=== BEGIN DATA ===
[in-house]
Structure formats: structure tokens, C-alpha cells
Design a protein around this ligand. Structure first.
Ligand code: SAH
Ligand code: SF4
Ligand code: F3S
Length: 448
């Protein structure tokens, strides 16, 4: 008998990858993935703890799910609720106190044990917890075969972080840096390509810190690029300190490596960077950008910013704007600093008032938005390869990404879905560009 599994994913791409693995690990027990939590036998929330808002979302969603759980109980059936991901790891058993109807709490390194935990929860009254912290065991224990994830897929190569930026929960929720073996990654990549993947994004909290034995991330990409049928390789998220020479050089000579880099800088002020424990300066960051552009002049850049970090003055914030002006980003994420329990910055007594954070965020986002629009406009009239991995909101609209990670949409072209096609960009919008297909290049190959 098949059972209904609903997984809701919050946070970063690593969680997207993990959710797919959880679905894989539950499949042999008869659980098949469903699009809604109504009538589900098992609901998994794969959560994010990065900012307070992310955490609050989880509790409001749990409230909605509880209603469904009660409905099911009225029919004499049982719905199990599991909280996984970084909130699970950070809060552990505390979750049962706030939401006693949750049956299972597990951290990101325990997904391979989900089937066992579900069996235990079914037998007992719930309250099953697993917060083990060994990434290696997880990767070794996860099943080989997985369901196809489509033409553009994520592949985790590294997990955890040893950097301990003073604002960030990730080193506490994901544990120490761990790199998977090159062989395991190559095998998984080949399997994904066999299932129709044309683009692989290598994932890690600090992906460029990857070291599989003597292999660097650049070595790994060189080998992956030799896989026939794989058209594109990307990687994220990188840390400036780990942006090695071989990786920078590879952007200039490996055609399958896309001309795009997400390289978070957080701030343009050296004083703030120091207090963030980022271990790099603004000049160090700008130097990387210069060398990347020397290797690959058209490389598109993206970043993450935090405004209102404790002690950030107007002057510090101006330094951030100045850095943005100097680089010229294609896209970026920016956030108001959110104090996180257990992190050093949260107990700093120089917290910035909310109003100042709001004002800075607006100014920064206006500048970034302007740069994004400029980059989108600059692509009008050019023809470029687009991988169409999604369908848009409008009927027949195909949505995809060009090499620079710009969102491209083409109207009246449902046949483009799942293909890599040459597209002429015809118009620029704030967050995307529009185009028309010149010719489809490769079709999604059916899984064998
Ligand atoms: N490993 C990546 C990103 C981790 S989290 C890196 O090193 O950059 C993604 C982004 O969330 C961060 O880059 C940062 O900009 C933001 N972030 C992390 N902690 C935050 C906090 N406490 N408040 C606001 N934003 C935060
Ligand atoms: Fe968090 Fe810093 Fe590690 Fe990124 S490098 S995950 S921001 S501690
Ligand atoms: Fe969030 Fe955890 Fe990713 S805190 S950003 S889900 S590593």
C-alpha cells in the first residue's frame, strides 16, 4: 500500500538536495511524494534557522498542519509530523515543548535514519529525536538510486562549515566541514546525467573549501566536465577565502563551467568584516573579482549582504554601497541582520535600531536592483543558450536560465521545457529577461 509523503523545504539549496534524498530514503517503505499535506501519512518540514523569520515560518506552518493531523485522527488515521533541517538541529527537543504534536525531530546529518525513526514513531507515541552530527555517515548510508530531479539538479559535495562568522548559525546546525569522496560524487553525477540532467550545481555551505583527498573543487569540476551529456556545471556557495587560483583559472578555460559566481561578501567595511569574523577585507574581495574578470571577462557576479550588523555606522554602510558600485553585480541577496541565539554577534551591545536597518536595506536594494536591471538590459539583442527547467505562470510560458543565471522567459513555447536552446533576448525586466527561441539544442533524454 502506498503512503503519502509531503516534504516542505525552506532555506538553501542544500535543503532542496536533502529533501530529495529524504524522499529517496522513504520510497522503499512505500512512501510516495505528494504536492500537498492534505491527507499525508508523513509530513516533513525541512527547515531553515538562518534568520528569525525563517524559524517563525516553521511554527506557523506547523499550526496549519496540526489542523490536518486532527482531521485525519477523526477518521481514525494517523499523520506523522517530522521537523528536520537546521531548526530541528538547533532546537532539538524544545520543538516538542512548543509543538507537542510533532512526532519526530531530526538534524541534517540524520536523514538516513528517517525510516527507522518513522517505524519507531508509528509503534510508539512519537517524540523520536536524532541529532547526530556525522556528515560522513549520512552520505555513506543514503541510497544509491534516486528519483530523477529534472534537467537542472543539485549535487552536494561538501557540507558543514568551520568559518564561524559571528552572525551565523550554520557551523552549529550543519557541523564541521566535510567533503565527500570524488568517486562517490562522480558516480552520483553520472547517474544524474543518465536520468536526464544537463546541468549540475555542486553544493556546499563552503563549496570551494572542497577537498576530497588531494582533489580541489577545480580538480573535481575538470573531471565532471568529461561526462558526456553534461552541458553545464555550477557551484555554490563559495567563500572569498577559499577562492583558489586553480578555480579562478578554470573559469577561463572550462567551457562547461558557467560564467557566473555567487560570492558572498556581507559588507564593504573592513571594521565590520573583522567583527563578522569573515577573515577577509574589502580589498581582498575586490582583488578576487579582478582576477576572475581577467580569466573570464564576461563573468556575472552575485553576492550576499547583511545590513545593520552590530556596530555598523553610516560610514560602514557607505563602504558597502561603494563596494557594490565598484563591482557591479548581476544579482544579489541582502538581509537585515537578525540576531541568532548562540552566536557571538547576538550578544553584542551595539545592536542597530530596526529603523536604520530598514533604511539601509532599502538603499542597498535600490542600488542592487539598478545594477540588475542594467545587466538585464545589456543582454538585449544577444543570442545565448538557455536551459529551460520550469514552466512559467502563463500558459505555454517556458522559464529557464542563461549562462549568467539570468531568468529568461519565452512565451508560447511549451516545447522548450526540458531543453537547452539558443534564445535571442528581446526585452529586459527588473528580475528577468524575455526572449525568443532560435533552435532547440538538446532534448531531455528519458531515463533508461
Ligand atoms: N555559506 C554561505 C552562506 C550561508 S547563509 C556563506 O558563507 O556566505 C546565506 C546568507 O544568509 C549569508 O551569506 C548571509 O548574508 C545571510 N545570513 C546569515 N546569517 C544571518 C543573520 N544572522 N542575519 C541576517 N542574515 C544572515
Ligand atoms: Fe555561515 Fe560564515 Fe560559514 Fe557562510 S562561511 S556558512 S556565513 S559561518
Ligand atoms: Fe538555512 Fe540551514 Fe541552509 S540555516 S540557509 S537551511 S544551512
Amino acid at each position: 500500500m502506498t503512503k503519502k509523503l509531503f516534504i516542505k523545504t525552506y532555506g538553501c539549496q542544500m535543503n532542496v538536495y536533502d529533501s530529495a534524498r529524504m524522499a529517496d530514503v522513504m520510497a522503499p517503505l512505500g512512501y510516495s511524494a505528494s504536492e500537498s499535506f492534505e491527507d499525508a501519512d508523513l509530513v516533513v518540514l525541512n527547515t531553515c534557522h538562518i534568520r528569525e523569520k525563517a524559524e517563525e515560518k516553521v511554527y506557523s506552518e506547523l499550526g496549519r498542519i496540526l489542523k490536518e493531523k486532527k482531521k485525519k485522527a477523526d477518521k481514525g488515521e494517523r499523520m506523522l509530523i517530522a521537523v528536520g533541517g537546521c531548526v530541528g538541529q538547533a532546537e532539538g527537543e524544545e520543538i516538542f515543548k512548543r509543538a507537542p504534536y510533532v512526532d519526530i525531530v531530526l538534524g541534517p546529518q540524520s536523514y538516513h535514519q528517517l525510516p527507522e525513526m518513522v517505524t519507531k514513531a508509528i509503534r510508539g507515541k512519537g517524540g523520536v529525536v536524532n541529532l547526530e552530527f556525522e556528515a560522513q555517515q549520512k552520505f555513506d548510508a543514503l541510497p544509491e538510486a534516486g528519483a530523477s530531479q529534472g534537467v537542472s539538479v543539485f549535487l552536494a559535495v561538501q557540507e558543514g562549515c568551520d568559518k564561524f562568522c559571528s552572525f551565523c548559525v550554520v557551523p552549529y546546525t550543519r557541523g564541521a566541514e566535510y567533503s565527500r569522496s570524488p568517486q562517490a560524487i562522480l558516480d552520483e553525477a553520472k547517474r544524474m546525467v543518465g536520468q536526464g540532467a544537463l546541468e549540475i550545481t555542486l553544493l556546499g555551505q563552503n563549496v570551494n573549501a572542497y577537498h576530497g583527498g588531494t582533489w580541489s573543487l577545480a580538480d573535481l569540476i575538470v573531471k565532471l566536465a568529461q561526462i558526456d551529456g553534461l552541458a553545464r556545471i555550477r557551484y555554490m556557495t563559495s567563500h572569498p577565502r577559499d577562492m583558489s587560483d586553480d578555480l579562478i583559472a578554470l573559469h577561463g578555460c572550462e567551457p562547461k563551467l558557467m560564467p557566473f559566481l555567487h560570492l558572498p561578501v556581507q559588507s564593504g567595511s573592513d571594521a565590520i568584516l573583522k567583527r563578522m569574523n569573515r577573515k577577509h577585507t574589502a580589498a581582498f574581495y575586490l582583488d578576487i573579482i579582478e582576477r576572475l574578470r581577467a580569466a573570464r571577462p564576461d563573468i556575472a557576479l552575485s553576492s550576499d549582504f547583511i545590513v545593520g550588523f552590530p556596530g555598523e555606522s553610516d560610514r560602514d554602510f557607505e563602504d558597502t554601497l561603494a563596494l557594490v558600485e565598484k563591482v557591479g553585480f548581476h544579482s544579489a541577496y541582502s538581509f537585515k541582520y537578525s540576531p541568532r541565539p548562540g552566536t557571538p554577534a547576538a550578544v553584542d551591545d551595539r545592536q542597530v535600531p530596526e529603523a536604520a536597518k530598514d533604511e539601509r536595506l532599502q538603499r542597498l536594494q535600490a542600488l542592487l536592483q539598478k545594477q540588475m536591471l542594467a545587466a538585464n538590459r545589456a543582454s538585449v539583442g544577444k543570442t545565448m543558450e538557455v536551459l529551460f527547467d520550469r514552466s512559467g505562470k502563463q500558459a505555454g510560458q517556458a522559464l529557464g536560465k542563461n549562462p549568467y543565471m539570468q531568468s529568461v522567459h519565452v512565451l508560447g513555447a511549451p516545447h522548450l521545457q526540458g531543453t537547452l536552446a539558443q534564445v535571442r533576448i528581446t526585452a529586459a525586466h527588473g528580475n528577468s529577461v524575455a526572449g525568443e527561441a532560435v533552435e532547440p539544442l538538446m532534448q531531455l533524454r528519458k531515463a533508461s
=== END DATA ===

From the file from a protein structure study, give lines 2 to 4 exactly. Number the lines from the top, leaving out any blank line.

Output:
Structure formats: structure tokens, C-alpha cells
Design a protein around this ligand. Structure first.
Ligand code: SAH